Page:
B.C. (Before Cancer)
June 27, 2013 was a day in my life that I'll never forget. I'll tell you more about that day in a minute, but first I'd like to tell you a little bit about who I was up until that day. I was born August 19, 1975 in Midland, Texas. I grew up in the small town of Flushing, Michigan, where I eventually graduated high school. I met my husband, married, and started a family.
We moved around quite a bit, going where we could get jobs, eventually settling in a very small country town in southeast Missouri. I was 5 feet 10 inches tall, weighed in at only 132 pounds (I've always been skinny), and was in fairly good shape. I was a 37 year old wife and mother of two teenage daughters, Tasha and Ally. I had four dogs, a yellow lab/husky mix named Rain, a Great Dane/Mastiff mix named Morgan, a miniature Boxer (I think Boxer/Jack Russell terrier) named Pepper, and a golden retriever named Jody. All were rescue dogs. I also had a horse named Athena (trained by yours truly), and I worked full time as a manager in an auto parts store in the small Missouri town near my home. Medically, I had a condition called fibromyalgia, which had caused me a lot of problems in the past but was currently under control with medication. I'd had a few surgeries, had a touch of arthritis from half a lifetime of working jobs on my feet, but rarely ever got sick except maybe with the flu once in a while or a touch of hay fever.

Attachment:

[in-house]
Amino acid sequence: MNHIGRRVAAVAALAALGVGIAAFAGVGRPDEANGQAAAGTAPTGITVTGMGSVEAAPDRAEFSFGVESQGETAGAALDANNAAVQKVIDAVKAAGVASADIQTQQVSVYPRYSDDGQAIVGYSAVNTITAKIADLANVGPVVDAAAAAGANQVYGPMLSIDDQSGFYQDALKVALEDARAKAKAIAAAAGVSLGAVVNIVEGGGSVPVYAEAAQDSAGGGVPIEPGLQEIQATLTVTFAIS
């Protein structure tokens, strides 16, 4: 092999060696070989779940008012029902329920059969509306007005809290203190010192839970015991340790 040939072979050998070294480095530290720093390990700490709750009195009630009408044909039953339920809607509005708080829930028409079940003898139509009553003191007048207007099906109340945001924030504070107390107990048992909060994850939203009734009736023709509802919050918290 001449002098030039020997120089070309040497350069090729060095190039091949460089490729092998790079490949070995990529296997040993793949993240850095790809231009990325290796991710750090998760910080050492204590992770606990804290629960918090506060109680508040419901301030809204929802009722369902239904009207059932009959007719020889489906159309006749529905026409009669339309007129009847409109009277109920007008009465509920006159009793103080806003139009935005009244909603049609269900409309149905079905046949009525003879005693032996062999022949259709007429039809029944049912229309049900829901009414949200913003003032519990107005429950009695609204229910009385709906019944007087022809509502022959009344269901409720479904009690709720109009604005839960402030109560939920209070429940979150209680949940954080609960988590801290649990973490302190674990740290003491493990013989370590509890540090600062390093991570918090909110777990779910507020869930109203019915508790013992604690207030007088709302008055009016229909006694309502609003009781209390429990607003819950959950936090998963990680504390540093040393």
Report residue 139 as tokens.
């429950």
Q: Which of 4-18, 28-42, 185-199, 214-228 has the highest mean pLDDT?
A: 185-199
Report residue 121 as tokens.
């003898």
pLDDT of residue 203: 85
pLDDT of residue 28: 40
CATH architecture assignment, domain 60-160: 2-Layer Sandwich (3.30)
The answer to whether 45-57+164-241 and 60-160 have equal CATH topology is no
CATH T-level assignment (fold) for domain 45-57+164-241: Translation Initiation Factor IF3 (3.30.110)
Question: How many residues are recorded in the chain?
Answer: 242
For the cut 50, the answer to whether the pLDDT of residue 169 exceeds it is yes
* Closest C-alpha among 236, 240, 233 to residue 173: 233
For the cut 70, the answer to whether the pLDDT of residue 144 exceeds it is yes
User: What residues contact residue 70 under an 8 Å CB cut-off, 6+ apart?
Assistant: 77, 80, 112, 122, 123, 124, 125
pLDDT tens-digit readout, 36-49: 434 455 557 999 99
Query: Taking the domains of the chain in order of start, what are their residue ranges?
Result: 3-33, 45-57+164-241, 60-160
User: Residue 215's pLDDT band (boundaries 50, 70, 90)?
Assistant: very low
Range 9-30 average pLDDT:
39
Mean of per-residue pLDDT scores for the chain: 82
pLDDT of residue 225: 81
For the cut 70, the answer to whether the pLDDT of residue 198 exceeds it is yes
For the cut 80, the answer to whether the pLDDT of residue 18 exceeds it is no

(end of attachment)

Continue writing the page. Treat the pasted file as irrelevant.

My husband, Jay, worked a job in a factory at the time, and while we weren't even middle-class (well, maybe very low middle-class around here), we were making do even if it was paycheck to paycheck. We didn't have the newest cars, or the biggest house, but they were sufficient. Things weren't always perfect, but as a family, we were happy.
I was your average type 'A' personality: always wanting to keep busy, striving to be the best I could be at work and at home. I worked hard at any job I did, usually rising quickly through promotion. Sometimes I played hard too; one of my favorite things to do when I wasn't working was to ride or groom my horse, and I was learning how to trim her hooves myself, a very physically demanding task.
Christmas week of 2012, however, I came down with a very rare disorder called Guillain-Barre Syndrome, an auto-immune disease where the body's immune system attacks the lining surrounding the nerves. This effect is sort of like stripping the plastic shielding from around an electrical wire; without the proper shielding, the signal going down the wire travels more slowly, sometimes even stopping completely. This rare condition has been known to cause paralysis and even death. I was essentially paralyzed from the waist down. I was hospitalized for the entire week of Christmas, and spent the next two months recovering from this illness. My recovery was rapid enough to impress the doctors.
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